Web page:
Other industries are taking similar precautions. The result? More vendors and consultants, but fewer real-world practitioners and subject matter experts for media meetings. You might find B2B meetings more commonplace than journalist interviews with your sources during this first rush back to in-person events. Fewer people will want to meet over a shared meal, preferring instead to remain masked during your conversations.
The silver lining is that B2B meetings at HIMSS ’21 were more relaxed and insightful, and resulted in better business partner outcomes. This is something to relay to clients as a prospective benefit of attending, especially if they seem concerned that participating might not be worth it.
Also, consider the initial rush to attend live tradeshows as an opportunity to build relationships with your target media outlets and analysts. Instead of trying to secure press for dedicated one-on-one meetings or product briefings, try a casual meet-up to get reconnected in person and hear about their current editorial needs. Create a brief one-page takeaway for each media meeting that lists all stories and sources you can provide for their target audience or specific media beat. Briefly discuss each one and follow-up afterwards on those that spark the reporter’s interest.
According to Colin Hung, a top 50 healthcare IT influencer and co-host of health care’s popular Healthcare IT Today podcast, “Brevity works; product briefings don’t.” Hung collated several important points about pitching press for meetings at HIMSS ’21 in his Healthcare IT Marketing Conference blog. These tips are valuable to us all.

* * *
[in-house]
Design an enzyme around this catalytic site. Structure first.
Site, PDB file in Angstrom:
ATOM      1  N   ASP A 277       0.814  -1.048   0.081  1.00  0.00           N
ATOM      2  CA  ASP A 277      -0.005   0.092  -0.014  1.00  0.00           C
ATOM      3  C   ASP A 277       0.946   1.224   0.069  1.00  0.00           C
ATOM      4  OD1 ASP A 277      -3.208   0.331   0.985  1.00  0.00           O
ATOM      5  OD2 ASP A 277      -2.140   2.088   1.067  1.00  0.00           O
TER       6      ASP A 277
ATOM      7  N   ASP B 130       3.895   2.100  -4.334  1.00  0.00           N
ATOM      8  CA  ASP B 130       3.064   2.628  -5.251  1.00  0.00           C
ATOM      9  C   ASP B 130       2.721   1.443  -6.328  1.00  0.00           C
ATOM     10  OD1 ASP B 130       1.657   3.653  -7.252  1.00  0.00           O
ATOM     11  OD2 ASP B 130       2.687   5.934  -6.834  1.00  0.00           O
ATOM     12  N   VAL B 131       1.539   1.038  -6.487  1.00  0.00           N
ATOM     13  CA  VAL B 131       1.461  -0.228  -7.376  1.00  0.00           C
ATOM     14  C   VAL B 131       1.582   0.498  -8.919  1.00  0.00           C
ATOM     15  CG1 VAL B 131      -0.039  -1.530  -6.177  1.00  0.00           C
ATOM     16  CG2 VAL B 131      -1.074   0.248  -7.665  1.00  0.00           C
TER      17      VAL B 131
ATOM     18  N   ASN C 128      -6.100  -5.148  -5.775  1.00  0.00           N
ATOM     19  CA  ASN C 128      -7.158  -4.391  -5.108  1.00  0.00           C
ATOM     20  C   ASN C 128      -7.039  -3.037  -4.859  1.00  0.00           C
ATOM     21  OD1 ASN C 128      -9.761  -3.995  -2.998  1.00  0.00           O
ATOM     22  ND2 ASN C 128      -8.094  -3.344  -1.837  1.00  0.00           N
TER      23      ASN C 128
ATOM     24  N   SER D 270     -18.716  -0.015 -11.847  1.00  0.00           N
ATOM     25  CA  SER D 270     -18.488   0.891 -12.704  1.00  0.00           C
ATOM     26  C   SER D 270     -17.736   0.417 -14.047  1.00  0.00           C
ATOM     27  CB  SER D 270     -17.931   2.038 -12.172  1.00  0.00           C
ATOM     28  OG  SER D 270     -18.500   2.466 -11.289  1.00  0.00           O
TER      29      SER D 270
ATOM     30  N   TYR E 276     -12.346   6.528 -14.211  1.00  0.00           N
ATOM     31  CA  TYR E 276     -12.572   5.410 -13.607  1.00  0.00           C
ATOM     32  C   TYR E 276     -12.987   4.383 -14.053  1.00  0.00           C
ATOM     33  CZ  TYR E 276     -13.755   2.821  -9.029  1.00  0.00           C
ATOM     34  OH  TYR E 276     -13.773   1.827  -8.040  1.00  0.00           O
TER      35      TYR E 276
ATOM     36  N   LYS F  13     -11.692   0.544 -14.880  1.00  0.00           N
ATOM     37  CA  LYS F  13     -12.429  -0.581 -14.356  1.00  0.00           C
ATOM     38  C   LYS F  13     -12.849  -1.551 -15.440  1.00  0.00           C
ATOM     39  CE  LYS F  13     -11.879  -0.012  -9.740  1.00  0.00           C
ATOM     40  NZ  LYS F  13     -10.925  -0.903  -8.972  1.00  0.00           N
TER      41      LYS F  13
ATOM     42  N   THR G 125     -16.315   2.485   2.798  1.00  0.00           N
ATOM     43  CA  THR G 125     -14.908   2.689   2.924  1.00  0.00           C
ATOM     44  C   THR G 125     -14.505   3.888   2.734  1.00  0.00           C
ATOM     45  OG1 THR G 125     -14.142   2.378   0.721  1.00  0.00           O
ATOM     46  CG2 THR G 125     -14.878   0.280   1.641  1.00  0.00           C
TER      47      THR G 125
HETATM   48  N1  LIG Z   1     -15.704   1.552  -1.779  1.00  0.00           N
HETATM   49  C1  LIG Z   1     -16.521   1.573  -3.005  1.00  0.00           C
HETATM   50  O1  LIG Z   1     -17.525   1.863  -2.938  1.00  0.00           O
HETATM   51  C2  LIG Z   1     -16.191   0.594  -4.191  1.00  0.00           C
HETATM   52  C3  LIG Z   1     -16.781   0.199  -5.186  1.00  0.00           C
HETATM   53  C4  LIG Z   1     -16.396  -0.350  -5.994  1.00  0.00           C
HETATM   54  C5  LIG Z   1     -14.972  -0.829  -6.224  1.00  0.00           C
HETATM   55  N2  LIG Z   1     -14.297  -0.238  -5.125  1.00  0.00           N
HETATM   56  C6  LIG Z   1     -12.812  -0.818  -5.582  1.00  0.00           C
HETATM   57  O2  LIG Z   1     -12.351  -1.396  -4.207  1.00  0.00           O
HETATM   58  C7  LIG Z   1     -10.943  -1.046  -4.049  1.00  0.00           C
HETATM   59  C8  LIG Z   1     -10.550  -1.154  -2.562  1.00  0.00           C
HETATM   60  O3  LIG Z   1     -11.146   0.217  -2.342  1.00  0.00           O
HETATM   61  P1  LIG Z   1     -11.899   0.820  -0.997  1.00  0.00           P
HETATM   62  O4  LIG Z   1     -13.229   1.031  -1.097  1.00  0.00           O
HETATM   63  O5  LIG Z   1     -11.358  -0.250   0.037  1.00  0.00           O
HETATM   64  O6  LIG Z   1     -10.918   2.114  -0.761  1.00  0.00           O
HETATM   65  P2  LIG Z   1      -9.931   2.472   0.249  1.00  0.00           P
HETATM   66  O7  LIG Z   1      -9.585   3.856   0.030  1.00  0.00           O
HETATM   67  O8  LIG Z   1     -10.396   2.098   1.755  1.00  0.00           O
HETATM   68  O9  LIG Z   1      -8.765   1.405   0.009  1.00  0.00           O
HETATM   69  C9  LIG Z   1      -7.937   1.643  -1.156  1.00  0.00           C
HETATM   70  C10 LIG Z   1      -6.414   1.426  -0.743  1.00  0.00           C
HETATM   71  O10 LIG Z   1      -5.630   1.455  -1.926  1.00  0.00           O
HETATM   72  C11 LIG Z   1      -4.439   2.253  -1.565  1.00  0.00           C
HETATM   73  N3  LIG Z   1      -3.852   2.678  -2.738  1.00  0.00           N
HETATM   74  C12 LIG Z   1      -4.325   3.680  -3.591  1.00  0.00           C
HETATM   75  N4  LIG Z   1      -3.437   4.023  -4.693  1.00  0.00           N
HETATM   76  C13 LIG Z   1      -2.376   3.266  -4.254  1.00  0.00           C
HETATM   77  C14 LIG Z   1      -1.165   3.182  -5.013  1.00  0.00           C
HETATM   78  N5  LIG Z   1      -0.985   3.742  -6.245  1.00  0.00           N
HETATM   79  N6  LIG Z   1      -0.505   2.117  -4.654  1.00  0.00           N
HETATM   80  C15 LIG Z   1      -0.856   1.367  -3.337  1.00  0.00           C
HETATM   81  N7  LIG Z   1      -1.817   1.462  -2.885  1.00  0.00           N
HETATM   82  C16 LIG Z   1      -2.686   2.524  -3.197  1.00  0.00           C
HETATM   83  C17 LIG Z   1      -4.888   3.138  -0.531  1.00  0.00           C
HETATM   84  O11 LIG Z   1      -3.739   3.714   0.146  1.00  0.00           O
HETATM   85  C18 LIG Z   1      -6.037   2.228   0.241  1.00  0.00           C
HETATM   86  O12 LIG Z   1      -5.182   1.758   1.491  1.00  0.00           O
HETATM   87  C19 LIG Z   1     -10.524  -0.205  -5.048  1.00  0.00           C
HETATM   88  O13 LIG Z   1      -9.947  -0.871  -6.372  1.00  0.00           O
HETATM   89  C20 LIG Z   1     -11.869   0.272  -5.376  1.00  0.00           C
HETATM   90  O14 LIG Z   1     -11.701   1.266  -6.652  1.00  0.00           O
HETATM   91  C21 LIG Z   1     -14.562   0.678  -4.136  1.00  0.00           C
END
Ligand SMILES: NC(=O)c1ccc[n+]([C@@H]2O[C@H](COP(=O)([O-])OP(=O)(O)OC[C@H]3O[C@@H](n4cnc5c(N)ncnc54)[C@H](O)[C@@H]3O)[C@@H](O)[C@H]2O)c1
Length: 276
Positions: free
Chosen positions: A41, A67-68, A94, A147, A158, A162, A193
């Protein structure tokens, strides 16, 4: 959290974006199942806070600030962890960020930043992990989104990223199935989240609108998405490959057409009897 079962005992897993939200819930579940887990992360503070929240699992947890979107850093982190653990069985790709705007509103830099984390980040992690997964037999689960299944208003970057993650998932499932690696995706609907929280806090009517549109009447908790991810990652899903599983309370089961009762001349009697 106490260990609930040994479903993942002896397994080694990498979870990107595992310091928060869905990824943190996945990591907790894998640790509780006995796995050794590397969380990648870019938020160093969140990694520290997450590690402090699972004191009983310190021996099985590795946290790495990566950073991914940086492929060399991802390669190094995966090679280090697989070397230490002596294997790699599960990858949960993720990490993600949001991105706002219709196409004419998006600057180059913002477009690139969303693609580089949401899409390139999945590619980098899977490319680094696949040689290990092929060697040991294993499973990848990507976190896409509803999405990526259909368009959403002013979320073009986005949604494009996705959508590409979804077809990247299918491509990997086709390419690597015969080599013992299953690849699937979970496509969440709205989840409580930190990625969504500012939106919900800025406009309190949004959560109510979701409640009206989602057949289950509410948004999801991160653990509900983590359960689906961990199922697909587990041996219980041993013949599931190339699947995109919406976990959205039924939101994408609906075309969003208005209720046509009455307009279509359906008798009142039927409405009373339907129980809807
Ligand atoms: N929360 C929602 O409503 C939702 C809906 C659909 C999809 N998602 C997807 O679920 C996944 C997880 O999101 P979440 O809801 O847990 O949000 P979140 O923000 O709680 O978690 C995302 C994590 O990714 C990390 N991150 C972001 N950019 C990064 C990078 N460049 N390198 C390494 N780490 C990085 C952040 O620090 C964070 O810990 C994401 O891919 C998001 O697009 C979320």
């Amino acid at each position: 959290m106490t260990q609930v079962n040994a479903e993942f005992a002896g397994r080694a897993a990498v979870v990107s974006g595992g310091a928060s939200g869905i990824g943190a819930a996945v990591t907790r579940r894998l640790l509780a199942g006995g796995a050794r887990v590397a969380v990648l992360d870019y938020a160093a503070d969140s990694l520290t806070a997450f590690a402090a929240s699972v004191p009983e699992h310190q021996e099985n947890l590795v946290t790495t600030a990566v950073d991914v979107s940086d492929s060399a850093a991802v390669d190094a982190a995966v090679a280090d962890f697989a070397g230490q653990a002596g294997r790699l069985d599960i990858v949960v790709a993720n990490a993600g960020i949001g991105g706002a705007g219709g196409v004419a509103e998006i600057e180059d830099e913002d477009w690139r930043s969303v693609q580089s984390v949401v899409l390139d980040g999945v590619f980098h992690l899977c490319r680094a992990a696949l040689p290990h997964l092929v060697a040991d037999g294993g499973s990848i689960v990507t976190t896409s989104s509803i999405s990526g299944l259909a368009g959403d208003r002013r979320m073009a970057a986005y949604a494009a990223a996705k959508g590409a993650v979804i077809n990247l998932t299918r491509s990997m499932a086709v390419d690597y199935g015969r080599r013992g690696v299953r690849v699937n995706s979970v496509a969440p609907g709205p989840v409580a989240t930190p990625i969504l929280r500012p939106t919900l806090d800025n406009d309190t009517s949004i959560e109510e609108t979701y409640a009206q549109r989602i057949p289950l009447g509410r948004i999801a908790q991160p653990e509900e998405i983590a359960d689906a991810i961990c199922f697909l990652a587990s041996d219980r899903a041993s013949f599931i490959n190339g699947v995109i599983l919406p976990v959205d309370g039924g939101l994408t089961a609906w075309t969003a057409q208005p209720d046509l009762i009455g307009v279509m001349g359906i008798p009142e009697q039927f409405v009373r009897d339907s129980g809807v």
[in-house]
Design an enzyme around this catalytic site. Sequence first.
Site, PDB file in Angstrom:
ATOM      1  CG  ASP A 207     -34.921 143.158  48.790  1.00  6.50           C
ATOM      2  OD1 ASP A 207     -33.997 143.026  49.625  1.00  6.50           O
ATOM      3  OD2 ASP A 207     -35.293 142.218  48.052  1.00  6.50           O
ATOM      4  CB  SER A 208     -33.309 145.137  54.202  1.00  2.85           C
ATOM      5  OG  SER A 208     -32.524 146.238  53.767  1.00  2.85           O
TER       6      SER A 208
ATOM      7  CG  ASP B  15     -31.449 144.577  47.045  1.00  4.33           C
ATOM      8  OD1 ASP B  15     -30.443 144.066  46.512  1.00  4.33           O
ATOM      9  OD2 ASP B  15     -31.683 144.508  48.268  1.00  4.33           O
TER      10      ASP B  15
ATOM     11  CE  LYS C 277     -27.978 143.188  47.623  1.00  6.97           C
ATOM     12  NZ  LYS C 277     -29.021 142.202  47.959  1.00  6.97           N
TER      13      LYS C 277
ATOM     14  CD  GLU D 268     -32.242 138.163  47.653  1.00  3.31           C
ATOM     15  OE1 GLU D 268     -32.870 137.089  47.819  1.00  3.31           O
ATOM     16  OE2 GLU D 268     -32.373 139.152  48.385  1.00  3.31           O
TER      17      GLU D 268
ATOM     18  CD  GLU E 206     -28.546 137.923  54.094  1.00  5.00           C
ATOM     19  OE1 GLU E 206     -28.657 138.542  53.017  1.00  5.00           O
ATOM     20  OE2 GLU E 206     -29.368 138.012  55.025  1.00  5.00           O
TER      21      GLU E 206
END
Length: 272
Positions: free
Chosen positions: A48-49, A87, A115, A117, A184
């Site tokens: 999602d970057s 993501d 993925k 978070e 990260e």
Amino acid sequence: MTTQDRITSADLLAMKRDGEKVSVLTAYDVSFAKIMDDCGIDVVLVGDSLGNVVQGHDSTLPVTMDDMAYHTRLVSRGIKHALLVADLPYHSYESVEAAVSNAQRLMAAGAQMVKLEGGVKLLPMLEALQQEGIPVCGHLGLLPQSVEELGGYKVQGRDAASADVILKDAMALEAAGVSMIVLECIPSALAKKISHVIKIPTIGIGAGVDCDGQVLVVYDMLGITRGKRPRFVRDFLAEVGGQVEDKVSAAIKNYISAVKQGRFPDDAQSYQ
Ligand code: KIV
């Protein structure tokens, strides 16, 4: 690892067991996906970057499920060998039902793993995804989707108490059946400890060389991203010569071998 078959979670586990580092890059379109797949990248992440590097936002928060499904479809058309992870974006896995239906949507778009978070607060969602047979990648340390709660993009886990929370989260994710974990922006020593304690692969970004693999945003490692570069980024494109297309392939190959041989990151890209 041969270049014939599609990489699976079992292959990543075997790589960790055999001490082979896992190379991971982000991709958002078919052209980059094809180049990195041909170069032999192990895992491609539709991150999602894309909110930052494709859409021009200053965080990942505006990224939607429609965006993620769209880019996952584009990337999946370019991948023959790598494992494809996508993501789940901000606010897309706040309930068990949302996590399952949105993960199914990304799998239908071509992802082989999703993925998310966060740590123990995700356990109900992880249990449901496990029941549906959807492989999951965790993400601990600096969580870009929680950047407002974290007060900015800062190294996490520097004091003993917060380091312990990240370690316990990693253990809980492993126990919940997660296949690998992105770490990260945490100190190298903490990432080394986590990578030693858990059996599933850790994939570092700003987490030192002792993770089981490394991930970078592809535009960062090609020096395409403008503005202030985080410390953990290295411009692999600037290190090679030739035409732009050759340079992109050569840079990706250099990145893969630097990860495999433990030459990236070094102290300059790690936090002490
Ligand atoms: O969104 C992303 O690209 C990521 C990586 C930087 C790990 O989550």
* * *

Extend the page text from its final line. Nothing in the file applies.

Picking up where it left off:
3. Still plan early—and be brief.
In a normal year, Hung would receive over 700 emails in the three weeks leading up to HIMSS ’21. This year, he received only 211 emails with the majority from PR firms versus healthcare IT companies. And while product announcements and requests for product briefings were the most prevalent pitches that Hung received they were the least likely for him to accept. All successful pitches included outcome statistics: how a specific software or service saved dollars or lives in the real world of health care.
Timing of pitches was another interesting statistic Hung shared. He prefers to receive pitches three weeks ahead of time with follow-up six or seven days before the event. While there is no “best time” to send a pitch, three proven rules apply for your upcoming tradeshows: Be clear. Show impact. Stay brief.
Summer always follows spring
In these planning days, as we look out our windows and try to envision something new, we cannot know whether spring will come in like a lion or lamb. Consequently, we have to hope for the best and prepare for the worst. Assume the return to in-person tradeshows and live events will be marked by cycles of warm spells and frosts. Rely on the three strategies above to help your clients and their relationships grow regardless.
And also remember this: Summer will follow spring. This season will be a time of learning that will usher in a new season of flourishing. When we plan to survive, we ultimately thrive.
Beth Friedman is a senior partner with FINN Partners’ Global Health practice. She and her team specialize in health IT.